Now the computer has to be restarted in text mode. The install script cannot be run if the desktop or X server is running. To do this I temporarily disabled the graphical/desktop service from starting up using
systemctl, like this:
systemctl set-default multi-user.target
Then reboot. You’ll be presented with a text-only login interface. First check that the nouveau drivers haven’t been loaded:
lsmod | grep nouveau Should return a blank. If you get any reference to nouveau in the output, something has gone wrong when you tried to blacklist the drivers. Onwards…
Navigate to your NVIDIA runfile script after logging in. Stop there.
Buried in the NVIDIA documentation is an important bit of information if you are planning on running the GPU for CUDA processing only, i.e. a separate, standalone card for GPGPU use, with another card for your video output. Theu note that installing the OpenGL library files can cause conflicts with the X-window server (Now they tell us!), but an option flag will disable their installation. Run the install script like so:
sh cuda_<VERSION>.run --no-opengl-libs
The option at the end is critical for it to work. I missed it off during one previous failed attempt and couldn’t properly uninstall what I had done. The runfile does have an
--uninstall option, but it’s not guaranteed to undo everything.
You’ll be presented with a series of text prompts, read them, but I ended up selecting ‘yes’ to most questions, and accepting the default paths. Obviously you should make ammendments for your own system. I would recommend installing the sample programs when it asks you so you can check the installation has worked and the card works as expected.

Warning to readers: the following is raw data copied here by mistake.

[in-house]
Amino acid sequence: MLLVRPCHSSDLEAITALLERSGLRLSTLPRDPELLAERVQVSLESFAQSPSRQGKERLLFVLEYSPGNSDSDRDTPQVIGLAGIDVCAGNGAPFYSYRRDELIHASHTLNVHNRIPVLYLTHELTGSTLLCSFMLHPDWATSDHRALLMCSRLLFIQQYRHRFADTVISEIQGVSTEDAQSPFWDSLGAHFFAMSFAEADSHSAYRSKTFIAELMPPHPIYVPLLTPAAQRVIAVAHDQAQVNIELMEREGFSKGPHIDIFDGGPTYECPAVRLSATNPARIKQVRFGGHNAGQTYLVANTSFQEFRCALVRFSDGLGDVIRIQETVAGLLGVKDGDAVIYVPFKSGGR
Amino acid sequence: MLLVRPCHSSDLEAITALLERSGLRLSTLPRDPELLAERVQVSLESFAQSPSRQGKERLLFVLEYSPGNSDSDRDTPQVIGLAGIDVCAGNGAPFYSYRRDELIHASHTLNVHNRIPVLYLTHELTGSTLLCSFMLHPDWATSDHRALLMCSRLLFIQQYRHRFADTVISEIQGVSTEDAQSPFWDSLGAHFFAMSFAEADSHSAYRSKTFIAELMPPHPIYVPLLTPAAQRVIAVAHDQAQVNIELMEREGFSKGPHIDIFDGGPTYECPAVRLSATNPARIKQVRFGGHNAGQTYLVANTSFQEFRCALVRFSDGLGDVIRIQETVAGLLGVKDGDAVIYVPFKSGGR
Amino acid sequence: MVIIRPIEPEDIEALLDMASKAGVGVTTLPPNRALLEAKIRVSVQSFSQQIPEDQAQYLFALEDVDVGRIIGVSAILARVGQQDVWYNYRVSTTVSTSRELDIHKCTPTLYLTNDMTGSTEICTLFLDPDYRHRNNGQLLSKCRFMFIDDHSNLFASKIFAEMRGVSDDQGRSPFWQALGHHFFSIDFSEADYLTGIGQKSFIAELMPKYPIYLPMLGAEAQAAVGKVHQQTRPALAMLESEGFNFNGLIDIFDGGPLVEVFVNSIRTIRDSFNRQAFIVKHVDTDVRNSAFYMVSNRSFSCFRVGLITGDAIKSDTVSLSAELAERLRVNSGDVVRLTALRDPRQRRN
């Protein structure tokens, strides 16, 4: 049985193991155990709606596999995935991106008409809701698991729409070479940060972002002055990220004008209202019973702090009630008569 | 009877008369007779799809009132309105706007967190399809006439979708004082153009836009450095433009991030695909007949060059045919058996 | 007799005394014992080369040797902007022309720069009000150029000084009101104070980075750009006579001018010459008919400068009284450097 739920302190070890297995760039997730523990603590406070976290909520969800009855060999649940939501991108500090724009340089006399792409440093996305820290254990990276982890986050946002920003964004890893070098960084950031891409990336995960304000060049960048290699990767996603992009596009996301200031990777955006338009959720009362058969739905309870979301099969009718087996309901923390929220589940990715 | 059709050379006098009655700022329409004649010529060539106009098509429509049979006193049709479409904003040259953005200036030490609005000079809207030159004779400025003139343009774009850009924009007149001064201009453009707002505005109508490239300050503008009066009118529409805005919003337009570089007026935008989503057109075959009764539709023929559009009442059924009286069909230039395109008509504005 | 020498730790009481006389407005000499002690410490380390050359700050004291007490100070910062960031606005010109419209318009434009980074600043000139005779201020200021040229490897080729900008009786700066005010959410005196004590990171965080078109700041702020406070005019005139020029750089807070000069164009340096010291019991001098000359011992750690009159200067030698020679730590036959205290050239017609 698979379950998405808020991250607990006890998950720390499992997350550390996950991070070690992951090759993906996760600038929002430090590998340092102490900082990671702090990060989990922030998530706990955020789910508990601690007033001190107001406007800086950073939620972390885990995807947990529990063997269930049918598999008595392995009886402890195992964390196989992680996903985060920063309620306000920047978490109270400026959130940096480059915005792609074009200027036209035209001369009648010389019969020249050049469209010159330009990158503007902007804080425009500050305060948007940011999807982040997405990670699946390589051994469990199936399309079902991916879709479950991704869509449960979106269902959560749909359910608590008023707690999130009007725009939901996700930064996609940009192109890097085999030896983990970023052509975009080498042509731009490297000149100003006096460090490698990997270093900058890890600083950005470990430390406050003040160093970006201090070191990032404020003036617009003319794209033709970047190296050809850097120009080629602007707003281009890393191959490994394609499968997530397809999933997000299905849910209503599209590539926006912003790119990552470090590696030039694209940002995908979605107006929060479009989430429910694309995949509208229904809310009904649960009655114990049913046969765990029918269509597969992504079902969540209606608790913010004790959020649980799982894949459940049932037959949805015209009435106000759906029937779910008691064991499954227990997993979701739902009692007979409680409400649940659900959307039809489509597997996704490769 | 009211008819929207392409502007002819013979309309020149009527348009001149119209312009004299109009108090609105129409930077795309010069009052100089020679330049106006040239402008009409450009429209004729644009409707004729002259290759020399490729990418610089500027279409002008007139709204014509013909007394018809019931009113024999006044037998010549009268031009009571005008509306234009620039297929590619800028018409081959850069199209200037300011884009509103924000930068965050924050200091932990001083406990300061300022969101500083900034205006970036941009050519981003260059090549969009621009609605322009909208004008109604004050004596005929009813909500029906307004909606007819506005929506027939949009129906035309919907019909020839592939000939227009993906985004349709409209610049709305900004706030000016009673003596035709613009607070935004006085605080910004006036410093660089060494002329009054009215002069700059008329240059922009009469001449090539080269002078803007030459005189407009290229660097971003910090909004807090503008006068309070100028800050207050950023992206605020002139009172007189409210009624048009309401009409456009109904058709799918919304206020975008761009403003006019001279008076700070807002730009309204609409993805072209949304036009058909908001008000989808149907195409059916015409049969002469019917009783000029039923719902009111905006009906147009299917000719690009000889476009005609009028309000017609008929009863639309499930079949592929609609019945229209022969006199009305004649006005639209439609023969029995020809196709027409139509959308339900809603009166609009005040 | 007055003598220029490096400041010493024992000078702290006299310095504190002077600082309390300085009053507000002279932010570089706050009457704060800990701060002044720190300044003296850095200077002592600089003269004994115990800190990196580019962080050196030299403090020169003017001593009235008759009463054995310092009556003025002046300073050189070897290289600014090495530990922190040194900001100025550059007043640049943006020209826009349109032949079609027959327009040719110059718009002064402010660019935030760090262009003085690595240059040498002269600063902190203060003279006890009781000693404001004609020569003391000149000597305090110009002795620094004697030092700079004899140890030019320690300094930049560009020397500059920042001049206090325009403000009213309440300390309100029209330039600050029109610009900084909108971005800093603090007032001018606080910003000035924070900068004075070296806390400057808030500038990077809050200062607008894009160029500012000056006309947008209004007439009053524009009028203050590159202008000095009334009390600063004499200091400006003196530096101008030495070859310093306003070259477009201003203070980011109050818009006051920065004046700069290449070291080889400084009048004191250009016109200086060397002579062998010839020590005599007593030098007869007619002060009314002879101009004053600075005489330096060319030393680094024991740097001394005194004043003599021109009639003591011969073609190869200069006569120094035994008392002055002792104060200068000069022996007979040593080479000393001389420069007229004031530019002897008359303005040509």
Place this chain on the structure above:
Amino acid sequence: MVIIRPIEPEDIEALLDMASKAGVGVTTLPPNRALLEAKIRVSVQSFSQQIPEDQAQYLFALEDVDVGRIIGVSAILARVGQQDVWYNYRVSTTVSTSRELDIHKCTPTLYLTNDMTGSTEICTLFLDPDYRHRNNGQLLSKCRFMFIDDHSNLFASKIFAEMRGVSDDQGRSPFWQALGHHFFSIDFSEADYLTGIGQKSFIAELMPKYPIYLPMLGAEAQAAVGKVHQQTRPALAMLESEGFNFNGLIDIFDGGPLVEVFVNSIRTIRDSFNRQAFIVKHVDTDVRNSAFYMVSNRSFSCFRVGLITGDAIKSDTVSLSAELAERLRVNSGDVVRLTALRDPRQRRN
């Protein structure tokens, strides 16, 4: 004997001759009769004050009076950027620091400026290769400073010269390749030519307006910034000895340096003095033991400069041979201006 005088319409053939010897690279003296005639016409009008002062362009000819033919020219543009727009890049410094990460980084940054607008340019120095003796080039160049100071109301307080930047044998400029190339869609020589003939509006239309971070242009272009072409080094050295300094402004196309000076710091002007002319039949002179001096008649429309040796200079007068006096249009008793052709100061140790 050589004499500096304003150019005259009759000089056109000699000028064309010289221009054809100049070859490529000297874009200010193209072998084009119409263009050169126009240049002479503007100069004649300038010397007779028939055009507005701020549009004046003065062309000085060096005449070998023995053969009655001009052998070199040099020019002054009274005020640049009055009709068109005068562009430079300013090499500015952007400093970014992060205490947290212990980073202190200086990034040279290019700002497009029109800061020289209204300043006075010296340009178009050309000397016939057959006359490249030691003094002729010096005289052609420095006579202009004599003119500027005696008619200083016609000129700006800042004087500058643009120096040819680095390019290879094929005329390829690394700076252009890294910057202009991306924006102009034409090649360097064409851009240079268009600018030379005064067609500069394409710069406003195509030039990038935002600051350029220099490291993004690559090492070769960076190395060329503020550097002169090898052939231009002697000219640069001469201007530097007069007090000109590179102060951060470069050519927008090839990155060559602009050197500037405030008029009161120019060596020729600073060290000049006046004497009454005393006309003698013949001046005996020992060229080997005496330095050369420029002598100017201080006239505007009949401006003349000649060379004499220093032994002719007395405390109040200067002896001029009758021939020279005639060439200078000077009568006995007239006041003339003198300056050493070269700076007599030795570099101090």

After that has all finished, you need to set some environment paths in your .bash_profile file. Add the following:
If you have changed the default paths during the installation process, ammend the above lines to the paths you entered in place of the defaults.
Now, you have to remember to restore the graphical/desktop service during boot up. (Assuming you used the systemctl method above). Restore with:
systemctl set-default graphical.target
Then reboot. It should work, hopefully!
Assuming you can login into your desktop without problems, you can double check the card is running fine, and can execute CUDA applications by compiling one of the handy sample CUDA applications called
deviceQuery. Navigate to the path where you installed the sample CUDA programs, go into the utilities folder, into deviceQuery, and run
make. You will get an application called deviceQuery that prints out lots of information about your CUDA graphics card. There are loads of other sample applications (less trivial than this one) that you can also compile and test in these folders.
Remember, if you have followed the above steps, you can only use your CUDA card for computation, not graphical output.